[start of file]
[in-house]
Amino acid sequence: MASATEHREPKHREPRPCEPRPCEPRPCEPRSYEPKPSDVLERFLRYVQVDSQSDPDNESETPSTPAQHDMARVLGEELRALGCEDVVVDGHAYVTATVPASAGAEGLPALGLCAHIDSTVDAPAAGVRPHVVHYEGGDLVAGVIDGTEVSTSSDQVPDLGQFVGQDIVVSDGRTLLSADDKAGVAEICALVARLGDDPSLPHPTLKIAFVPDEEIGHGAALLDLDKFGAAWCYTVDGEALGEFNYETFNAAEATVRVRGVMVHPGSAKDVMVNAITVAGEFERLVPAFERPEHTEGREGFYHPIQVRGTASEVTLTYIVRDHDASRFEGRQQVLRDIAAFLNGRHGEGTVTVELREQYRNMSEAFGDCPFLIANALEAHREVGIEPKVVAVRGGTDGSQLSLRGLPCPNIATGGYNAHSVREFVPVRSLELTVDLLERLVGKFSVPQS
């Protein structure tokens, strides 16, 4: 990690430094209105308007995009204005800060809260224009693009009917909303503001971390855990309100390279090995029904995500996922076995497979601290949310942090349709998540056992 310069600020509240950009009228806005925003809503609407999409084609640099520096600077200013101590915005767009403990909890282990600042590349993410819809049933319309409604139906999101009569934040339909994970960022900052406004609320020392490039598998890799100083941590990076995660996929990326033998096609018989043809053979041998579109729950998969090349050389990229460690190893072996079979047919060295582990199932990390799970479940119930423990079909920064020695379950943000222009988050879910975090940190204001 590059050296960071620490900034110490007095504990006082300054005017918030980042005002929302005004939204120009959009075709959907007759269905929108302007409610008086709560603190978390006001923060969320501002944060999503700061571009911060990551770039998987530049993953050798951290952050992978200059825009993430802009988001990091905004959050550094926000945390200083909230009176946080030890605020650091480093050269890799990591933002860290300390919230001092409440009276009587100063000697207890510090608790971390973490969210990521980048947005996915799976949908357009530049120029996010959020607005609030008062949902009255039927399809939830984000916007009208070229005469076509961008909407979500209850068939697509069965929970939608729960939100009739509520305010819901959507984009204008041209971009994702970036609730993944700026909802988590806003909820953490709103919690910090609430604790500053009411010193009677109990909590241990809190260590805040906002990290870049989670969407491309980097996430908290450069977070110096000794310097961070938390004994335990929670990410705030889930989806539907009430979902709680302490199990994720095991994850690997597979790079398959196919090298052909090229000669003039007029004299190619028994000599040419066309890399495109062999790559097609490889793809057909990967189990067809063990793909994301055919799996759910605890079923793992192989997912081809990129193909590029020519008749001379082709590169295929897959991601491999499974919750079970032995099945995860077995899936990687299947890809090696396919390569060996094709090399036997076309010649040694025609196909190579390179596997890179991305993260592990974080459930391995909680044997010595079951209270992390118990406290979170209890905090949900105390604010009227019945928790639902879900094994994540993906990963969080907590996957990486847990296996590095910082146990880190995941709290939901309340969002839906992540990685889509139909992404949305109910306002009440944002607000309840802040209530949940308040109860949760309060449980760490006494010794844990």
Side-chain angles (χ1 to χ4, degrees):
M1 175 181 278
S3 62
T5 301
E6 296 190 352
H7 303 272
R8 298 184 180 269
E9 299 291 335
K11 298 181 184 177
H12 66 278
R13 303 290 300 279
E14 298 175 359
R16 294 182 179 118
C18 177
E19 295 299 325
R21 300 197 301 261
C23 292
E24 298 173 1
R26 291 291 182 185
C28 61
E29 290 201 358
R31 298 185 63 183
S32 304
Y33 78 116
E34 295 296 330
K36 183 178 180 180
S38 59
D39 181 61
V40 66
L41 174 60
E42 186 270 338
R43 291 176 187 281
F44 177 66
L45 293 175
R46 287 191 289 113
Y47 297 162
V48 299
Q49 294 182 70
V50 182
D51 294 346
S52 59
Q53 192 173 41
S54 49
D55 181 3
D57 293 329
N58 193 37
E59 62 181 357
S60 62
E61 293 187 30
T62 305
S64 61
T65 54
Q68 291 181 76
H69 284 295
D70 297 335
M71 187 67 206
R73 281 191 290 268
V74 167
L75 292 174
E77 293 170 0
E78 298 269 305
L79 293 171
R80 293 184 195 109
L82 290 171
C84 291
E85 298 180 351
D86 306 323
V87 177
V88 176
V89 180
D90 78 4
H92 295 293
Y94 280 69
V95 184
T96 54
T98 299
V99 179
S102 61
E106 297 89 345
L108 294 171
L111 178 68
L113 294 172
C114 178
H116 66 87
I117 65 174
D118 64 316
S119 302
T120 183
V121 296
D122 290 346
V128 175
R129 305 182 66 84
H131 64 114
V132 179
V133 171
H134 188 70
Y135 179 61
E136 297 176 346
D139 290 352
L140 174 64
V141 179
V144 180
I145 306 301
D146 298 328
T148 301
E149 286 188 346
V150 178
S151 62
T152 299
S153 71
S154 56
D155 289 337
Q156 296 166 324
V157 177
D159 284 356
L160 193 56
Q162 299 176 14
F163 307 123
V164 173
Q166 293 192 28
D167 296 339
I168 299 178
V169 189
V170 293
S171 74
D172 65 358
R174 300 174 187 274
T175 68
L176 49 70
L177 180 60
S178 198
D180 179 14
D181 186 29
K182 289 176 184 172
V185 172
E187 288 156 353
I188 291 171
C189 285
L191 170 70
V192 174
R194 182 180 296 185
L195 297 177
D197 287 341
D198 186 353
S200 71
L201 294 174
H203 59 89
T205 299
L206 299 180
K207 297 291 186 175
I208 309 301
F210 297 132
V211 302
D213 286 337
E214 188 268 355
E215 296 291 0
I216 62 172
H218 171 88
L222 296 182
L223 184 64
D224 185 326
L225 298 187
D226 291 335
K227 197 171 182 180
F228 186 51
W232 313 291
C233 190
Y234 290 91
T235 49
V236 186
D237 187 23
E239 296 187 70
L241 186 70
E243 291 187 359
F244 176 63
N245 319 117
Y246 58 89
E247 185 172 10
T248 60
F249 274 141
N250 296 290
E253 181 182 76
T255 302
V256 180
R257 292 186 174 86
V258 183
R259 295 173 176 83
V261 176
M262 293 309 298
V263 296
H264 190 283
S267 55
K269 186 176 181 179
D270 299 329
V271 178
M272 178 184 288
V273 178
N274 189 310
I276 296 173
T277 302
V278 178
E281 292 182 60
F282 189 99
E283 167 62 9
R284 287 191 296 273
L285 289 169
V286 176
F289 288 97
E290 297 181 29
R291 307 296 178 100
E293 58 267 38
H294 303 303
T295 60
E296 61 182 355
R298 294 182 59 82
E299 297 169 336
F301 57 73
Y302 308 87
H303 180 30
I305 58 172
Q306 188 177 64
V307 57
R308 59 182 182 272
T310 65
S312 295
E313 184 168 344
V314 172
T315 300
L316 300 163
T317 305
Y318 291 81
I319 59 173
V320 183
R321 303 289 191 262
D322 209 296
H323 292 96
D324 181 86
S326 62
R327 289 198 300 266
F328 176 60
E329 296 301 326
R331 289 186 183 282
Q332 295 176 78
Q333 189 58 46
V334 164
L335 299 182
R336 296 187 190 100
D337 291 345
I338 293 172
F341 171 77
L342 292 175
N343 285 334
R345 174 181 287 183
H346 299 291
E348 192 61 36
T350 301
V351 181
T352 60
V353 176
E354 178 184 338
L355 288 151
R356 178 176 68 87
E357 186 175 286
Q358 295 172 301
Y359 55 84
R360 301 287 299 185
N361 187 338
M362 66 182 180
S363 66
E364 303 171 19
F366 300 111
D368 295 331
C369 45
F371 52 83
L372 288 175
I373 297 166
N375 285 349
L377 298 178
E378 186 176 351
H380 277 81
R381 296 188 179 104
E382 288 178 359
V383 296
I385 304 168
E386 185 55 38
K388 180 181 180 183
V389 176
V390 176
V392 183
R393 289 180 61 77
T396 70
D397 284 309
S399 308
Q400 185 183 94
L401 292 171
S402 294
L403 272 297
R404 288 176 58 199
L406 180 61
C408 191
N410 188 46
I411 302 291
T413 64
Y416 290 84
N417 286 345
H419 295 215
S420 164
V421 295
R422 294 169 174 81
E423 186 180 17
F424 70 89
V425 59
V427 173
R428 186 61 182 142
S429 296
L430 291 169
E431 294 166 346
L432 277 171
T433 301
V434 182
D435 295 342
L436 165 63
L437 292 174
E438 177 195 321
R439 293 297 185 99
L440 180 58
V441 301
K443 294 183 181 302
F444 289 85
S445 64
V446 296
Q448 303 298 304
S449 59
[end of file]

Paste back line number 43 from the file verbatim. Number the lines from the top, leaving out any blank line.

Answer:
D51 294 346